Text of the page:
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It is election season again and with it comes a lot of rhetoric. I spent part of yesterday watching online recast of debates of school board candidates, mayoral candidates, and reading a lot of local news. The candidates, even the candidates of color, sounded the same after a while. “We want to partner… Closing the achievement gap is important… We can’t… We can… We believe… This great city has the money, we just need to…” My poor officemates had to listen to me yell at random moments, it was awkward since I had headphones on so they had no idea what I was yelling about.
This got me thinking do communities of color really matter in elections or are we the new version of props. Hold the baby and take a photo, now stand next to a poc and say you were at a community event. It has probably always been somewhat like this, but with social media, it is now even more important to demonstrate diversity in campaigning. As people of color become the majority, we need candidates to shift their attention to communities of color.
A colleague who works primarily with newly arrived immigrant and refugees said immigrants are often powerless in political and resource allocation conversations because they can’t vote, don’t have a lot of money, and often can’t even access the conversations because of language barriers. Because of this power differential, many of the immigrants he knows are more concerned with their daily survival than an election they can’t vote in.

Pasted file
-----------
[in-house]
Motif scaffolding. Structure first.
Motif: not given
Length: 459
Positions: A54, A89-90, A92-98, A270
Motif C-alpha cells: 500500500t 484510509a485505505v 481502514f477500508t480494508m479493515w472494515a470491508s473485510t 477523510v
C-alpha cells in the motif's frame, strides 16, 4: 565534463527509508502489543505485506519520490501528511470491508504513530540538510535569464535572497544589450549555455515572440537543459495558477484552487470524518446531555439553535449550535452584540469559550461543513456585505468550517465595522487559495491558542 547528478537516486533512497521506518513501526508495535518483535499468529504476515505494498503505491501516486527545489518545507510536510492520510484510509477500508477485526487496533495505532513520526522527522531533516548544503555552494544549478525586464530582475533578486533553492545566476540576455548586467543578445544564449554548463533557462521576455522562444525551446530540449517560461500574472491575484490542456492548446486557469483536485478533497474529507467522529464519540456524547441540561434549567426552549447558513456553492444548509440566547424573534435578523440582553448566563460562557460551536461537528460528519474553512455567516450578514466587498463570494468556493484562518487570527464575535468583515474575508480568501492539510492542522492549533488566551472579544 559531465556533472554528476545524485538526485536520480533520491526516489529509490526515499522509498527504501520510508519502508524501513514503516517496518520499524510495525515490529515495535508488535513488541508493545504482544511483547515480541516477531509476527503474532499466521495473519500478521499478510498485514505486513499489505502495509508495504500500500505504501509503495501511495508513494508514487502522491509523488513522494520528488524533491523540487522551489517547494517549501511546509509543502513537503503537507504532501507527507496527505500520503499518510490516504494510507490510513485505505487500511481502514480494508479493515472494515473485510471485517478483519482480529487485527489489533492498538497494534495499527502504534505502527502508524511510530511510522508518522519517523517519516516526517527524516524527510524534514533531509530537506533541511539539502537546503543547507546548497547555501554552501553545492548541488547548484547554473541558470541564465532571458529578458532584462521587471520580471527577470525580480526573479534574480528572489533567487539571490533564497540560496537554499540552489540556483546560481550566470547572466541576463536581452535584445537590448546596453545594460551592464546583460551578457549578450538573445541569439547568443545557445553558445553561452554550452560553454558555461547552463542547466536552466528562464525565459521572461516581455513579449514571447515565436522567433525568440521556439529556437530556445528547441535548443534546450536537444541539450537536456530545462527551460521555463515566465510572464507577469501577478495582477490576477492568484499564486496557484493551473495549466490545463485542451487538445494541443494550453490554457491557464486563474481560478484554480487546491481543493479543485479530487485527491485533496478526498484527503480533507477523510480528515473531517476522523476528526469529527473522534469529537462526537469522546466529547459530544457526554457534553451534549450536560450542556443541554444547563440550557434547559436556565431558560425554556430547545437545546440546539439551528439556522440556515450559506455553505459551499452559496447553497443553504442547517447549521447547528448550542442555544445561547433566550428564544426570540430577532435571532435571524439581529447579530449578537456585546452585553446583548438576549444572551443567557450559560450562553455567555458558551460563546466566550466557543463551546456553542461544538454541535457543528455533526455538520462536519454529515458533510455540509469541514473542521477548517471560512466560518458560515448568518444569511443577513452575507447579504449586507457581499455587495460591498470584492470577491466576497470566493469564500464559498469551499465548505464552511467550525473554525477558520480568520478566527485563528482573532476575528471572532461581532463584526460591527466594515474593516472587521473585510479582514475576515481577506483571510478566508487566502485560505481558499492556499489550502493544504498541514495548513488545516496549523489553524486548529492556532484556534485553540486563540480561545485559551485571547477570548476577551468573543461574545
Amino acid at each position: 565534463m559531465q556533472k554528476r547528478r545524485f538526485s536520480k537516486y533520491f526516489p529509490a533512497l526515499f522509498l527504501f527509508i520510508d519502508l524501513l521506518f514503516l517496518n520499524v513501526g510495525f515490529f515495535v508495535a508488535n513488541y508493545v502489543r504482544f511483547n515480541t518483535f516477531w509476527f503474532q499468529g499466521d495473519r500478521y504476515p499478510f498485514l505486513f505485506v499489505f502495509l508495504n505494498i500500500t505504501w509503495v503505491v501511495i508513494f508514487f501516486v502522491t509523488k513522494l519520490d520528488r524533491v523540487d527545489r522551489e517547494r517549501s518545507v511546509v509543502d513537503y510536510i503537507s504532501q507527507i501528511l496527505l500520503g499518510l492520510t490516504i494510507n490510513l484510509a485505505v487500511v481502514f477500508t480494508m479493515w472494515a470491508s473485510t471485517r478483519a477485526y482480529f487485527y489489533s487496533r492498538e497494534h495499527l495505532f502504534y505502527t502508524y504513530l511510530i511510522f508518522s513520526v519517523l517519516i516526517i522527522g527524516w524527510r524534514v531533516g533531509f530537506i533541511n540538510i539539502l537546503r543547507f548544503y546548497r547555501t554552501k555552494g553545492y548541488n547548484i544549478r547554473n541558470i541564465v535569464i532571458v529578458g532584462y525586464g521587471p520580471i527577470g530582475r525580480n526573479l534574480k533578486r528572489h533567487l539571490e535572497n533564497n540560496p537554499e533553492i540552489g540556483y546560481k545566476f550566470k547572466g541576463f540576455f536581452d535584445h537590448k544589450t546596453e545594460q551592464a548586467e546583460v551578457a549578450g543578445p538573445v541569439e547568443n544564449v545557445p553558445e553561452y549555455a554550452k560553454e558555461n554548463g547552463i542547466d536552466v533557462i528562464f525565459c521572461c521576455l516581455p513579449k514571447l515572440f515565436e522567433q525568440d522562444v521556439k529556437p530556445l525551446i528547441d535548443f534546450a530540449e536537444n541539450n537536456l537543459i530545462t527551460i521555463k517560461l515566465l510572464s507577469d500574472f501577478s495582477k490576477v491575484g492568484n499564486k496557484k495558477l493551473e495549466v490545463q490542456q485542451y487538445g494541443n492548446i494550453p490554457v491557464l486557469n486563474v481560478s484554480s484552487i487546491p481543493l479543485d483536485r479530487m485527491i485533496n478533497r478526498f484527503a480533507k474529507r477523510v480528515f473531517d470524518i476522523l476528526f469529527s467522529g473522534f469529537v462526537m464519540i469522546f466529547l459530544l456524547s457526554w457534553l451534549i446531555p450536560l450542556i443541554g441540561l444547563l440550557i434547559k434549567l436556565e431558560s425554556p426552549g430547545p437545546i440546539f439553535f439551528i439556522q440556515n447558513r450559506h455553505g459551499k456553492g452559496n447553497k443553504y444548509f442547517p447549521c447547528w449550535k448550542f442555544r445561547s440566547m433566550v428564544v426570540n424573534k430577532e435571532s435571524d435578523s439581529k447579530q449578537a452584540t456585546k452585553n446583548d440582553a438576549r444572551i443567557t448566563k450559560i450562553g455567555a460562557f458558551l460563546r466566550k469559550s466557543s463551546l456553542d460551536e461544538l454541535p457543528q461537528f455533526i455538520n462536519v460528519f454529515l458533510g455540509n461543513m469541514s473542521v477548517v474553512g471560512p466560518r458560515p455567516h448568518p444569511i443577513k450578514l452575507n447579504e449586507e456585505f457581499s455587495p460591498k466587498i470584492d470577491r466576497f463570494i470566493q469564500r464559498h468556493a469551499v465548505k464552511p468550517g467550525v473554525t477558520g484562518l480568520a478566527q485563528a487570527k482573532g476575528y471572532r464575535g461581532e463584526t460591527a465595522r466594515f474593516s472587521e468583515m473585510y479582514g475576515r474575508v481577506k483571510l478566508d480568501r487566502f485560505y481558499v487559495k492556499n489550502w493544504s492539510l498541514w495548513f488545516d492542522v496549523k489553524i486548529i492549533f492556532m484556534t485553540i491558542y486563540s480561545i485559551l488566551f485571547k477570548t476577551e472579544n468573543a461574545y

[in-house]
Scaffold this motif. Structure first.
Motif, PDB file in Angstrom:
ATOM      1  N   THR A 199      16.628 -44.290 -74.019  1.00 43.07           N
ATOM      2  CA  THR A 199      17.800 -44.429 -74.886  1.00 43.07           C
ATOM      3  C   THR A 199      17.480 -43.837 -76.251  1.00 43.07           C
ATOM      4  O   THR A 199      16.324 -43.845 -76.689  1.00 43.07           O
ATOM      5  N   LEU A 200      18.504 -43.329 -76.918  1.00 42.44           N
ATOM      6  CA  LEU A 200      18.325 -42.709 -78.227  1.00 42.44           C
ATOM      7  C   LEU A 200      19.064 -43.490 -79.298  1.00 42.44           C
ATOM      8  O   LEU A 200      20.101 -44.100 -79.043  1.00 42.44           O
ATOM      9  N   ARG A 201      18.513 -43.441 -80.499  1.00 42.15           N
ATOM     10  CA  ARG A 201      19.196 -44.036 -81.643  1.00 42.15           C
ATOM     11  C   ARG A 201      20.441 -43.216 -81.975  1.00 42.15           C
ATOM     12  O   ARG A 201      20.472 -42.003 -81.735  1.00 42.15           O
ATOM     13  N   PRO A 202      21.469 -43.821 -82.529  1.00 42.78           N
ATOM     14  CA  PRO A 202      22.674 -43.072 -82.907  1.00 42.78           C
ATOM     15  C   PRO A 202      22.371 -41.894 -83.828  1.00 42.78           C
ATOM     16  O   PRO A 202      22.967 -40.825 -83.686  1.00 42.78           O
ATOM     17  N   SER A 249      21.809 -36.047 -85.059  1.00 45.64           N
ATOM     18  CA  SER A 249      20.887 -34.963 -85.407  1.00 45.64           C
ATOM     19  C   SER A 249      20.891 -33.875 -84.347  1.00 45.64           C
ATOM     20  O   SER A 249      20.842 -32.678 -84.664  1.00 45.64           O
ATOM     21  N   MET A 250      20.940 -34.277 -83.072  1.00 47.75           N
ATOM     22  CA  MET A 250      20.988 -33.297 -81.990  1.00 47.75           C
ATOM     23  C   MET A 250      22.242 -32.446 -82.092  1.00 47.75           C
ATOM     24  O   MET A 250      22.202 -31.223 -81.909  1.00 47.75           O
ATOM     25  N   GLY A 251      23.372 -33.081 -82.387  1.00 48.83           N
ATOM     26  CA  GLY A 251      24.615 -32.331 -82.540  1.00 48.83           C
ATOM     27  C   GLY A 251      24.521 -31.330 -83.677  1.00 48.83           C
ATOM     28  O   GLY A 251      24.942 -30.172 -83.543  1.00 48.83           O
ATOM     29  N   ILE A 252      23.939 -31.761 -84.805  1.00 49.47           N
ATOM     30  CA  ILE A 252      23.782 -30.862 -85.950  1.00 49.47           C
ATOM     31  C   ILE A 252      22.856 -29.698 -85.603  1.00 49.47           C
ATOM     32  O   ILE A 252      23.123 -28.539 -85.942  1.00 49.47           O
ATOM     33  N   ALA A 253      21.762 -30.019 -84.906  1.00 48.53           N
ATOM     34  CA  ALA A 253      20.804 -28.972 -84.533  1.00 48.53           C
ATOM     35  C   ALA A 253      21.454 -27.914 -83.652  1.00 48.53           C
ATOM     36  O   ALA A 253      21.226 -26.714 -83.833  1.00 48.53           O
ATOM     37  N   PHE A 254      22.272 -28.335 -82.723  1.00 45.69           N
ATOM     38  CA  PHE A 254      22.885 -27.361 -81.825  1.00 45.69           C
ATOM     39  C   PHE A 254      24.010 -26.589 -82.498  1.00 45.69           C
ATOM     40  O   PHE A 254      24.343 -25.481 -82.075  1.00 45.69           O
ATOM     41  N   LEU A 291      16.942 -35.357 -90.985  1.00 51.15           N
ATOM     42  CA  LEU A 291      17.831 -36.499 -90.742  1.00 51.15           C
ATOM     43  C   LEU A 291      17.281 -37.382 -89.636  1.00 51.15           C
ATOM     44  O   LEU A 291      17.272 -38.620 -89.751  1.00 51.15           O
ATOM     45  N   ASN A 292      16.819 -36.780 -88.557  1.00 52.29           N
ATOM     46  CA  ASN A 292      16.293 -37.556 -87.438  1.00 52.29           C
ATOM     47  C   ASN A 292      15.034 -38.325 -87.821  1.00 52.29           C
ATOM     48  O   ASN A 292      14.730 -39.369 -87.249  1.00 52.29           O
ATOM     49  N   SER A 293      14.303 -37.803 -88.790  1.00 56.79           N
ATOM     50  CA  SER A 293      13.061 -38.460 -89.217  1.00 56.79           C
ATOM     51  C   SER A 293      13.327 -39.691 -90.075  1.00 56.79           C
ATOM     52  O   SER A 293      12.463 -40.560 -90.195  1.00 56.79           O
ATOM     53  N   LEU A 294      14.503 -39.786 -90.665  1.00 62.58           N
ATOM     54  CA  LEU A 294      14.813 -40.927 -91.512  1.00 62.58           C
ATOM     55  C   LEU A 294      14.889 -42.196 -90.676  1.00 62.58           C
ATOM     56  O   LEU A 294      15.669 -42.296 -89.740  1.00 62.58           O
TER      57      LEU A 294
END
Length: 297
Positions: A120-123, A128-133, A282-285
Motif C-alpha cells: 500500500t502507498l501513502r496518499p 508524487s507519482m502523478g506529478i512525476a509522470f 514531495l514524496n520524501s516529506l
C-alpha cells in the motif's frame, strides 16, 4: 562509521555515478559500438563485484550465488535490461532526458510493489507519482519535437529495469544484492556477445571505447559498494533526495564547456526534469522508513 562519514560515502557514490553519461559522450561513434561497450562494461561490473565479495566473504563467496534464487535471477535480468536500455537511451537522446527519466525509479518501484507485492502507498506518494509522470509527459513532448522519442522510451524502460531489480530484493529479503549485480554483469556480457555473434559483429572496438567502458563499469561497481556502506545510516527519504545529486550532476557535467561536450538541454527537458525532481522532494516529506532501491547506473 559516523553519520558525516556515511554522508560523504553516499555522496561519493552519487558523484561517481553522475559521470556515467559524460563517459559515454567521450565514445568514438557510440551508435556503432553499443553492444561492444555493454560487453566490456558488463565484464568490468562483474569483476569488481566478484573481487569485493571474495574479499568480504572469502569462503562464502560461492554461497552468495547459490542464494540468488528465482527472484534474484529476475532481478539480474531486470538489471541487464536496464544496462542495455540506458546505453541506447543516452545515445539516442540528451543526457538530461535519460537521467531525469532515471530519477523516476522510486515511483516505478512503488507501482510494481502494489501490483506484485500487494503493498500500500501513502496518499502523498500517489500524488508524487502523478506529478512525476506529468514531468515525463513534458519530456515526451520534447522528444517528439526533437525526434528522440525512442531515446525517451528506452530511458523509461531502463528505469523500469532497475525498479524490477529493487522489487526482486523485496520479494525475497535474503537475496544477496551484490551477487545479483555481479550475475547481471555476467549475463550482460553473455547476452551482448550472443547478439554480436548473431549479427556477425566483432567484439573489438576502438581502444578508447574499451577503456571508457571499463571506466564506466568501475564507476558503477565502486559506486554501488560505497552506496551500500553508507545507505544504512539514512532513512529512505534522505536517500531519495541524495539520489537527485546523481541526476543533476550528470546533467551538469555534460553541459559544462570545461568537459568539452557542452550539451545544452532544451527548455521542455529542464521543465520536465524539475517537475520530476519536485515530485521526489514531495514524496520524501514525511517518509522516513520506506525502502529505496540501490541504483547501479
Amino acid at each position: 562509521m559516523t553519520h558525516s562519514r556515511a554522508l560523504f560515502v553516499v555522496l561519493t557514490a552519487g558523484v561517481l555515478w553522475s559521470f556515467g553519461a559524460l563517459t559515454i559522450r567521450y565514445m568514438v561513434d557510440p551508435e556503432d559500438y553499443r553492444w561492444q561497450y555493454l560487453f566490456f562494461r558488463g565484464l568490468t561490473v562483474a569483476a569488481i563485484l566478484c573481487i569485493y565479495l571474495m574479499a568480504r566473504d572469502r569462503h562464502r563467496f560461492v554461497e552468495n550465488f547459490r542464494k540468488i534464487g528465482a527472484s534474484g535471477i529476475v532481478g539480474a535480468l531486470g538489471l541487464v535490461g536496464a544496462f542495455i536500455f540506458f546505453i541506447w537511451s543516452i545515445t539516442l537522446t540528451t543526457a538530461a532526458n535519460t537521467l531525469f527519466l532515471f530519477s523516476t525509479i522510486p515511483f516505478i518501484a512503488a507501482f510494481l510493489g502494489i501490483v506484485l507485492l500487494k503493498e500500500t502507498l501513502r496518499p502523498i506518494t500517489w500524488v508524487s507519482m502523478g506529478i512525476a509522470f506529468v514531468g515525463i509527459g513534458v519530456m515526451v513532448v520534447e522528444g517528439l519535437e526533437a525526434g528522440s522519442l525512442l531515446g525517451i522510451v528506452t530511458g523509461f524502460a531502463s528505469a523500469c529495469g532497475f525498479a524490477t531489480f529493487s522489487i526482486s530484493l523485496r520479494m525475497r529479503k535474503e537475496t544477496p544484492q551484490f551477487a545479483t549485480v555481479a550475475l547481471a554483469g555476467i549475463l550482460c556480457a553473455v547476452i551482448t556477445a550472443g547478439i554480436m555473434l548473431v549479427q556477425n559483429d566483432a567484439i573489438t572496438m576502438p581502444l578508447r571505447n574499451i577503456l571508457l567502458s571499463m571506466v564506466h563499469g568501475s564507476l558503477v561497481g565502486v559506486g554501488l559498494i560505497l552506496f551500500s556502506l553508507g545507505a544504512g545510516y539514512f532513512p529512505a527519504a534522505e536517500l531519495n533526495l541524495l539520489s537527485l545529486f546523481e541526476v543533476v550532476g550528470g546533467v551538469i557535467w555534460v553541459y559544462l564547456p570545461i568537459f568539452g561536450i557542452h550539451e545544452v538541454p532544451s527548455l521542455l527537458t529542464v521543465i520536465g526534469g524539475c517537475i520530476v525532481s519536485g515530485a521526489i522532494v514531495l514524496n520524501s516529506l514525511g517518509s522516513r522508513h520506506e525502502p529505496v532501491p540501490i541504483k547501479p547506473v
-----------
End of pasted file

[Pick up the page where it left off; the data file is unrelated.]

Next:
There are other subtle signals that people of color don’t really matter in elections. I watched a mayoral candidate forum at my alma mater, a school that proclaims to have a social justice focus. All the people on stage were white – the candidates, the moderators, the host. Reaching for diversity is one of the easiest forms of moving towards saying people of color matter, couldn’t they have found one or two people of color to join them on stage as a moderator or host? Without pocs on the panel the questions were race-neutral, there was talk about income inequality but not racial equity, talk about Amazon’s HQ2 but not about job creation for people of color who are struggling to find jobs and stay in the city.
In this article in the South Seattle Emerald the writer talks about how South Seattle is often ignored when it comes to elections. As a simple exercise take light rail or ride a bus through the affluent parts of town than through a lower income part and look for campaign yard signs. What I noticed are fewer yard signs in the less affluent part, a small signal of where candidates put their attention. Perhaps if candidates and electeds spent more time listening and building relationships with communities of color and acting on our priorities more pocs would vote.
Stop Telling Us to Come to You, Go to the Community Instead